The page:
Food Rebellions: Angry protests in a broken food

Convergence in Diversity
Food Movements & the Transformation of our Food Systems
Eric Holt-Giménez
Food First
Food Crisis
“Riots” or Rebellions?
• 2008: Mexico, Italy, Morocco,
Mauritania, Senegal, Indonesia,
Burkina Faso, Cameroon, Yemen,
Egypt, Haiti (40+)
• Not lack of food, but high prices
• 2011: Algeria, Tunisia, Yemen, Egypt
• high prices + poverty + entitlement
gap + lack of democracy
“The undernourished population has increased by 9% globally
despite a 12% rise in global food production per capita since 1990.”
C B Barrett Science 2010;327:825-828
Published by AAAS
Food Price Spikes
Food Price Index Spikes
FAO Price Index at current prices (black curve) and corrected for inflation (blue curve)
between January 2004 and May 2011. Red dashed lines signify the beginning dates of
food riots and unrest in North Africa and the Middle East. Black and blue horizontal lines
represent the current-price and inflation-adjusted food price thresholds for riots. “The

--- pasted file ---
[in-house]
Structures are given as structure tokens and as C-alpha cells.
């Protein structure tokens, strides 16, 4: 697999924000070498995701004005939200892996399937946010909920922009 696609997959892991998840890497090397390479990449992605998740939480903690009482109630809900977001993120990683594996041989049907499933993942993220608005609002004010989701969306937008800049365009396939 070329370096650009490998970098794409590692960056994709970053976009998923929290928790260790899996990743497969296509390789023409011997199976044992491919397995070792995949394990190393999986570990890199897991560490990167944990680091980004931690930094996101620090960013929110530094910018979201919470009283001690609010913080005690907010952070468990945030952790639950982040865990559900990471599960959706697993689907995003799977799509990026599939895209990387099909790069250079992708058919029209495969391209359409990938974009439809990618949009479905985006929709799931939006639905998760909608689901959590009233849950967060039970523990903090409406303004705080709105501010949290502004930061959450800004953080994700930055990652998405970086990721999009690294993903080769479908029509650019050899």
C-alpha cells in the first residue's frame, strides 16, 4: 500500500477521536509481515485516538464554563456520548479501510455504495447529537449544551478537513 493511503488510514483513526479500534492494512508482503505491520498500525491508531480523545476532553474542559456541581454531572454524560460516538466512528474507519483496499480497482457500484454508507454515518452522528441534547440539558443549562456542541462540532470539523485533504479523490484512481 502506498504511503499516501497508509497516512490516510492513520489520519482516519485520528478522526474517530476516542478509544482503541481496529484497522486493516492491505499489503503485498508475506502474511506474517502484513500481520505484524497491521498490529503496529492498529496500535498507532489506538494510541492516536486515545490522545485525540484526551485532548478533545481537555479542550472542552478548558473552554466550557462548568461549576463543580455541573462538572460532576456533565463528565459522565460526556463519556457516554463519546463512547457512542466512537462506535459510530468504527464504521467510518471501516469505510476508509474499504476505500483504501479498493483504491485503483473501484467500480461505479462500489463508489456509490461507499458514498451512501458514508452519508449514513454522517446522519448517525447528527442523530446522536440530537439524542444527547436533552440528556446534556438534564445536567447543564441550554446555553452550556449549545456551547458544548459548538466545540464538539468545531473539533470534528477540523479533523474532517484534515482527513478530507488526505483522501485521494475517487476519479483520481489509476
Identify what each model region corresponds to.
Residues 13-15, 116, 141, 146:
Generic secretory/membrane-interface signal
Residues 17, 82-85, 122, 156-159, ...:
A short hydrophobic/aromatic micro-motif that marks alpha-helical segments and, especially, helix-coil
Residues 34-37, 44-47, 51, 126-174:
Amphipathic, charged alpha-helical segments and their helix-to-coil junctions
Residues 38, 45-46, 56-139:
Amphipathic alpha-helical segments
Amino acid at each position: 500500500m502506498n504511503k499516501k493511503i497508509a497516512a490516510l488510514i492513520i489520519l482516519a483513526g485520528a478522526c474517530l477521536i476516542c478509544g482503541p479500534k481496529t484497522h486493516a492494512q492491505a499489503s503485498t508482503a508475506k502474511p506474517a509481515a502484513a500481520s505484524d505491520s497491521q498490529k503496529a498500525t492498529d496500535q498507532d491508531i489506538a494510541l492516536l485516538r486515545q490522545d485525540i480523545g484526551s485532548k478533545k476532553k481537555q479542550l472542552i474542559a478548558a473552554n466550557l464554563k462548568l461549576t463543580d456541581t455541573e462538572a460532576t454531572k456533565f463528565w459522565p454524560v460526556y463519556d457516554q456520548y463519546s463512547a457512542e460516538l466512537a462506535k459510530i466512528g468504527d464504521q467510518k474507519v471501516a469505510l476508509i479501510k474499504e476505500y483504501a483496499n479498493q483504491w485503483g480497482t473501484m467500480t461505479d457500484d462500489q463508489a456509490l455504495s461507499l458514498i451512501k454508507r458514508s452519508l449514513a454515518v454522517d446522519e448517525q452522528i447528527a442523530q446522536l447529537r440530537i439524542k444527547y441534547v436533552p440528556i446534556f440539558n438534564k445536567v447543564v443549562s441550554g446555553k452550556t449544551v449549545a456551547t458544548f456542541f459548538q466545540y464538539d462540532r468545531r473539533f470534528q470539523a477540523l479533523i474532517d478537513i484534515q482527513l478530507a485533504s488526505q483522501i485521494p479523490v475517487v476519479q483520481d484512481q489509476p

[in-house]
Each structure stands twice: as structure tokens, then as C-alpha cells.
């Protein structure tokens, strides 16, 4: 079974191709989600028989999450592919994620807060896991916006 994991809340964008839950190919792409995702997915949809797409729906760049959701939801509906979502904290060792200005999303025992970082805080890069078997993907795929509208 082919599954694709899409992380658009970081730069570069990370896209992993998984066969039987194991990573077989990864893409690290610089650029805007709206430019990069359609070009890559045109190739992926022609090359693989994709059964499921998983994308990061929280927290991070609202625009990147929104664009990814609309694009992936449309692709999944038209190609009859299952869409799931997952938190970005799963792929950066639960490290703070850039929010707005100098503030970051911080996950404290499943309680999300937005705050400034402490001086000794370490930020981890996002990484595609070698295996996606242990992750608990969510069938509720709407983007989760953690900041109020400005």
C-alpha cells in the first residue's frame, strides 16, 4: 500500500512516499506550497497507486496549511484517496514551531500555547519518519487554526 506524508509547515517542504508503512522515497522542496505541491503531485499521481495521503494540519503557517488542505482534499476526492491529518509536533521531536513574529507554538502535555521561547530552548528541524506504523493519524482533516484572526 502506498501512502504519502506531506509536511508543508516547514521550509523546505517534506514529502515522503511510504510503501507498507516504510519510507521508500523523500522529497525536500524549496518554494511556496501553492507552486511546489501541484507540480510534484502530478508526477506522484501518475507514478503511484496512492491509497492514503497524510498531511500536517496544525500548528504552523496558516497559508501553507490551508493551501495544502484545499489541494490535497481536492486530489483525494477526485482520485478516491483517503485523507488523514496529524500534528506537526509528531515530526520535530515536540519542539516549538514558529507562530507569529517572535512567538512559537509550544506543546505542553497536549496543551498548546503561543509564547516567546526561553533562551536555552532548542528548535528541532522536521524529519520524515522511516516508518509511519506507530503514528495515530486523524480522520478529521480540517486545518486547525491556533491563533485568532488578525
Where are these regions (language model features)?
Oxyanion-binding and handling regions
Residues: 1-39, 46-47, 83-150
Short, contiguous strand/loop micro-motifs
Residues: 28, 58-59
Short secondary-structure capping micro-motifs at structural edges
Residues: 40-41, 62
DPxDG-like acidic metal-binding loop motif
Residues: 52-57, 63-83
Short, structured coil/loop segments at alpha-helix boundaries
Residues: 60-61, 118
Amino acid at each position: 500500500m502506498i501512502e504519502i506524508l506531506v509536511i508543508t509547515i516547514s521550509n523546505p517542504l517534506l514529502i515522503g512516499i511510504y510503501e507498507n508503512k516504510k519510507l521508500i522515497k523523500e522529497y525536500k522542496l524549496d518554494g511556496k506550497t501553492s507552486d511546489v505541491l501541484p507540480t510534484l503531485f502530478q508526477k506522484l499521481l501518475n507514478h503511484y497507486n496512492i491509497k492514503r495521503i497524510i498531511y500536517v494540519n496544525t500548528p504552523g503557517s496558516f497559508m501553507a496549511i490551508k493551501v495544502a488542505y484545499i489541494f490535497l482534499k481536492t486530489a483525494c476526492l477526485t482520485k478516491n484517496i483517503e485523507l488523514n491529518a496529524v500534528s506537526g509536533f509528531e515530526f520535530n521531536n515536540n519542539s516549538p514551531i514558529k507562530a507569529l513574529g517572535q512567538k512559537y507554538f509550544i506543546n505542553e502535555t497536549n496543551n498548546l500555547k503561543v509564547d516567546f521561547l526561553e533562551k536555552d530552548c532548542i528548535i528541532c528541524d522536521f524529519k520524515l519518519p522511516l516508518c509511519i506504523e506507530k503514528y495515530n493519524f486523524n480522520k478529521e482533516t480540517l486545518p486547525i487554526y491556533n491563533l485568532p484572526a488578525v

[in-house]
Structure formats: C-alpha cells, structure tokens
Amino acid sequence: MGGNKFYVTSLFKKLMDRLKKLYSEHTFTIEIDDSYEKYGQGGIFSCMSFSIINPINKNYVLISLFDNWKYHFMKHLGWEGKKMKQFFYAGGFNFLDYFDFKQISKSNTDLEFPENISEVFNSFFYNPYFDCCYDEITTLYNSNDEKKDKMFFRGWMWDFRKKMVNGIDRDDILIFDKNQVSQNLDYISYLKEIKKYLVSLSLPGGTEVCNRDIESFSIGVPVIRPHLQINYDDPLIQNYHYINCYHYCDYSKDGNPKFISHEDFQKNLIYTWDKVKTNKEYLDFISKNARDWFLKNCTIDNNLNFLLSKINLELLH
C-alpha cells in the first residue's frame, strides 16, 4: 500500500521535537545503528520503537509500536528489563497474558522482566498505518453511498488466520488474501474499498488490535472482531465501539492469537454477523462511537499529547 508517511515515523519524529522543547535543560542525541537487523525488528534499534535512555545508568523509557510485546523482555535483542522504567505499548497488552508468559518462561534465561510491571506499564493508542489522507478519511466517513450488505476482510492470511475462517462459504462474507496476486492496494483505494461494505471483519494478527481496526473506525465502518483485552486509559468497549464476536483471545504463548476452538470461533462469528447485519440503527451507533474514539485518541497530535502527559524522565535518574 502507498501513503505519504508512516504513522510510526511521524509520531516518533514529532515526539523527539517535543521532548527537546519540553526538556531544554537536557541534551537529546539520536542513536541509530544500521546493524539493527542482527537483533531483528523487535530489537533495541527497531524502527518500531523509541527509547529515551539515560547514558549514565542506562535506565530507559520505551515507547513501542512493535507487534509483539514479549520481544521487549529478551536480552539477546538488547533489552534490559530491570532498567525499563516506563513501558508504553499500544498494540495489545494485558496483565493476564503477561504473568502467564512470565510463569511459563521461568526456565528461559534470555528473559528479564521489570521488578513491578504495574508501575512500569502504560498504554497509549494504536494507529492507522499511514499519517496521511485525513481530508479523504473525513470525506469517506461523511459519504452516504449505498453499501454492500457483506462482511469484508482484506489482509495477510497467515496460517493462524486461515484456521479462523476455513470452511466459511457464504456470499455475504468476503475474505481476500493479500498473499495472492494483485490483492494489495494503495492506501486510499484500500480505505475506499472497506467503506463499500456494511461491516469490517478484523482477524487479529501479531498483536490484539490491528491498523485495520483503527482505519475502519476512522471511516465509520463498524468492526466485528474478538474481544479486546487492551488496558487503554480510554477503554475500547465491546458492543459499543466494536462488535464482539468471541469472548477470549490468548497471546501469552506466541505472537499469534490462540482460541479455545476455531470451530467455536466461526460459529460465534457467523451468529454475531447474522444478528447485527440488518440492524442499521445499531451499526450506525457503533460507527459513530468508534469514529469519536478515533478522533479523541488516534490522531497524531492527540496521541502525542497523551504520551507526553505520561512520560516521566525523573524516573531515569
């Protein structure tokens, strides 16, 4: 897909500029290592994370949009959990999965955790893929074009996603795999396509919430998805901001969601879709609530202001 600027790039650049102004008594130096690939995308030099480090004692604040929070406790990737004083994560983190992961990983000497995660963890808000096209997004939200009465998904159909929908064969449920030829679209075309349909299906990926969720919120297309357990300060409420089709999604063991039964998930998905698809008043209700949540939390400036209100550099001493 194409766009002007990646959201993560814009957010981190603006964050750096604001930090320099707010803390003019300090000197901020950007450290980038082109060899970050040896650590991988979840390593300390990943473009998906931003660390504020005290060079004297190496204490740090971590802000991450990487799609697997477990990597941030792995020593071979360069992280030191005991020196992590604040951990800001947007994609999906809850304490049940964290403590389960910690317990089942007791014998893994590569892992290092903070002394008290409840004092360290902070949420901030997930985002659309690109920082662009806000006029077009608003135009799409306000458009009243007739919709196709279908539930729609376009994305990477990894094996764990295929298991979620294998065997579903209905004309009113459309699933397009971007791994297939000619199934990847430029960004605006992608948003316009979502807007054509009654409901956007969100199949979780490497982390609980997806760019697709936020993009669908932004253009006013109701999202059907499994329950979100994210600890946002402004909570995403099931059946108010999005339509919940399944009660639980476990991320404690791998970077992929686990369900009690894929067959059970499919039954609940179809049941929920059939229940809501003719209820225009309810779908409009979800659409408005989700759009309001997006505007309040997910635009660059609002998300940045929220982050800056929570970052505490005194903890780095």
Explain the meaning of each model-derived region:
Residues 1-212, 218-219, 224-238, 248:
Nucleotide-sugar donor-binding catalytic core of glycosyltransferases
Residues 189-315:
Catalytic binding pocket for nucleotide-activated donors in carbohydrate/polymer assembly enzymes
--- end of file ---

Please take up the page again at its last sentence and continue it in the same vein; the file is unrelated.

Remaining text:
Food Crises and Political Instability in North Africa and the Middle East.” By Marco Lagi,
Karla Z. Bertrand and Yaneer Bar-Yam. arXiv, Aug. 11, 2011.
Record Harvests
Record Hunger
Record Profits
• Bumper harvests: 2007-08 +5%; highest corn
crop in history
• 1 billion people hungry
• Bumper profits last quarter: ADM 20%; Monsanto
45%, Cargill 86%; General Foods 61%
1 billion840
million hungry
1 billion hungry
1 Billion
950 million
Proximate causes
• Climate; droughts
• Rising meat consumption India, China, Brazil
• 5% fall in cereal production 2005-06 (Low-Income Food-Deficient Countries)
will go up only 11% in 2011)
• Low grain reserves (19—23% stocks-to-use)
• Higher oil prices: 2X transport
3X fertilizer costs
• ½ world grain for industrial uses